Tamil Nadu and its capital Chennai are faced with an acute water crisis that has triggered instances of violence and has forced establishments to find new ways to conserve water.

The Porur Lake in Chennai, which is considered one of the main sources of water for the city, is almost at its lowest ever level and the Chennai Metropolitan Water Supply and Sewerage Board is now banking on water from desalination plants and stone quarries in Kanchipuram district, India Today had reported.

The water crisis has affected almost every sector, including information technology, hospitals and restaurants. Some IT companies in Chennai have asked employees to work from home, The News Minute reported last week. “We were asked to work from our homes for two weeks in May when the water crisis was extreme,” said Vishnu Priya, who works for an IT company located on Old Mahabalipuram Road. Vishnu Priya said cafeteria outlets were closed due to lack of potable water, while some outlets served food in disposable plates to save water.

At some IT offices, bathrooms only on alternate floors are operational. “It really depends on how the water supply is from the tanker lorries,” an unidentified employee of Wipro said. “If the supply is on schedule, then there will not be any restrictions, if not these restrictions come into play.”

Hospitals have also been trying to conserve water by postponing non-essential surgeries. “A three-bed operation theatre alone requires 6,000 litres of water daily,” said Deepal, a gastro surgeon, according to Outlook. “So we are advising patients to postpone their surgeries if they are of a non-emergency kind as we do not want them confined to a hospital bed and suddenly find no water in their bathrooms.”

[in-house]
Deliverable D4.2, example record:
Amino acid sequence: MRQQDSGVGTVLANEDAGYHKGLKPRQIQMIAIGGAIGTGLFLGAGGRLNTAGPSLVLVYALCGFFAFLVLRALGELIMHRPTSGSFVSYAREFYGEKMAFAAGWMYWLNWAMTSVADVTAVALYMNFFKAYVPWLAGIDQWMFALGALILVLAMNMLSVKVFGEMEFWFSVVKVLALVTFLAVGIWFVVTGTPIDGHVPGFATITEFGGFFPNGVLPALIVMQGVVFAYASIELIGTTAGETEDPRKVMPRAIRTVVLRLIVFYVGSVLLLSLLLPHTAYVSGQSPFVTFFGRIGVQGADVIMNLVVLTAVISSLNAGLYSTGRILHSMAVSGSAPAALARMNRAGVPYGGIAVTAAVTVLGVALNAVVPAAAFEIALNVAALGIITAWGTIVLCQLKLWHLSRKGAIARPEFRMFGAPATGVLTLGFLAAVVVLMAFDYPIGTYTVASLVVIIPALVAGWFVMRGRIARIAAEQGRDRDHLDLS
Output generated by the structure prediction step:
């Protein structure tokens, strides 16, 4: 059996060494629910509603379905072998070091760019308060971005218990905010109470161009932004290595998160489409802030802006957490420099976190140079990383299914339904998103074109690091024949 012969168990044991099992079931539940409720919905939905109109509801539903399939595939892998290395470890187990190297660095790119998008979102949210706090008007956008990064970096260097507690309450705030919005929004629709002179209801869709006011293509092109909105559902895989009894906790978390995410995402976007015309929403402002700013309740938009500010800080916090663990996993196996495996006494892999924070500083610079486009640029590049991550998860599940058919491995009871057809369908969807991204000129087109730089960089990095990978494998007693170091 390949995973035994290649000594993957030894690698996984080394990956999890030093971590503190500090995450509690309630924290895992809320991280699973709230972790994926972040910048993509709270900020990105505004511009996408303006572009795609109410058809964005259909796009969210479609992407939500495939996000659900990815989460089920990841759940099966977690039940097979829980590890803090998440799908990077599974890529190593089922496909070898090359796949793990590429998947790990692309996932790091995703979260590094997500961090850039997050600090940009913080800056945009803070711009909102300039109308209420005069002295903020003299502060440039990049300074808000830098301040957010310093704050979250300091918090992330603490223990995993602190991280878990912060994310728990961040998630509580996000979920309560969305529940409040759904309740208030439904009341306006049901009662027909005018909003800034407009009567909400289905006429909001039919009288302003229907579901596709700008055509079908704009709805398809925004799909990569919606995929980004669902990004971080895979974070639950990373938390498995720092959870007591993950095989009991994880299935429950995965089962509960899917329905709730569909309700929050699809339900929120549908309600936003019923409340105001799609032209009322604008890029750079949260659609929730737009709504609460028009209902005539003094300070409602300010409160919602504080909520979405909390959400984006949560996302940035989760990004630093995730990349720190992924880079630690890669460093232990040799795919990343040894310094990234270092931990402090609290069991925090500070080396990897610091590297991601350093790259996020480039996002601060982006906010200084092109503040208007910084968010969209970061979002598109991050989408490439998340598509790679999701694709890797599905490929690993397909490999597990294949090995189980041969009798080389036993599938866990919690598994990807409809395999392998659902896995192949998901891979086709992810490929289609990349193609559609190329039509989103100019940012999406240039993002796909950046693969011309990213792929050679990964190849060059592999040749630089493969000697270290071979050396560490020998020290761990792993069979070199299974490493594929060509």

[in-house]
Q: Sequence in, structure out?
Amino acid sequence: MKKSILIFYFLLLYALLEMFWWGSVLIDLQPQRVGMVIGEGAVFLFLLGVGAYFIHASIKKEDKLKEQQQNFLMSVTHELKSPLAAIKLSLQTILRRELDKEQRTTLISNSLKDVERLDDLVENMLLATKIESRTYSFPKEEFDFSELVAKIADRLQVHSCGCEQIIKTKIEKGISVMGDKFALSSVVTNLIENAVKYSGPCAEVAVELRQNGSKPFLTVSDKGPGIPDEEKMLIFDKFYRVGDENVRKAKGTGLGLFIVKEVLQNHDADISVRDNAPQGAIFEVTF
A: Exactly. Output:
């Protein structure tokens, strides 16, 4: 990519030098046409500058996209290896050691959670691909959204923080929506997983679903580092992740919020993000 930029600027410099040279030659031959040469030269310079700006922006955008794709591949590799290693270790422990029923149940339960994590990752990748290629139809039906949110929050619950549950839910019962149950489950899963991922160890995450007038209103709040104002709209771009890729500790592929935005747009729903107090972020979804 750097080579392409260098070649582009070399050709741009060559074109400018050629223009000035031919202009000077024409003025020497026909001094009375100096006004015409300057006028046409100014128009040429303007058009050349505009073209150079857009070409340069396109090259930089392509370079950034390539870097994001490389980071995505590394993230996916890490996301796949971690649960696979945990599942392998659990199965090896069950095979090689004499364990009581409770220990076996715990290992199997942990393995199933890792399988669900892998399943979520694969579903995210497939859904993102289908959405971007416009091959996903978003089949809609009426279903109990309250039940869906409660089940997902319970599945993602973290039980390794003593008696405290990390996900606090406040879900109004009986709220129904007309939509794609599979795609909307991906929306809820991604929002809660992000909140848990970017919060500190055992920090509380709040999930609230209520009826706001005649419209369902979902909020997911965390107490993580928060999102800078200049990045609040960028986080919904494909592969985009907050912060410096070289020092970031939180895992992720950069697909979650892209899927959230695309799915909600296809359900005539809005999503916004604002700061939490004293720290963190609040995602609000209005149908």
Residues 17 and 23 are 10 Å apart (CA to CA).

Several hotels in the city have decided to not serve meals for lunch to reduce the use of water, according to The Hindu. Over the past few weeks, the water expenditure of hotels went up by 25% as private tankers limited their supply.

M Ravi, president of Chennai Hotels Association, said several hotels now use banana leaves instead of plates to save water. “We are also planning to offer finger bowls to wash hands instead of buckets to save as much water,” he said. “Hotels with up to 100 seats capacity need a 12 kilolitre tanker load of water daily. There is much delay in getting water supply,” he said.

The water crisis has also affected local residents quite badly, even causing fights connected with water. A 28-year-old woman was stabbed by her neighbour at their apartment in Shankar Nagar in Chennai on Thursday as a fight broke out over the use of water, The New Indian Express had reported.

‘Not as alarming as projected’

Chennai Metro Water Supply and Sewerage Board’s Managing Director TN Hariharan claimed the situation is not as alarming as being projected, reported The Indian Express. He said the regular supply of water from Chennai metro water was 830 million litres a day and it has now come down to 525 million litres a day.

“Usual water sources such as Red Hills, Sholavaram and Chemabarambakkam lakes have fully dried up,” he said. “But we are maintaining supply with the help of other sources, we will be able to manage the crisis until November.”

Opposition and High Court take note

Last week, Dravida Munnetra Kazhagham chief MK Stalin had demanded the resignation of the state’s minister of municipal administration because of the severe water crisis. He had urged Chief Minister Palaniswami to take constructive steps to resolve the water shortage. The Madras High Court on June 13 had also asked the state government for a report on desalination and water availability, while coming down very heavily on the state.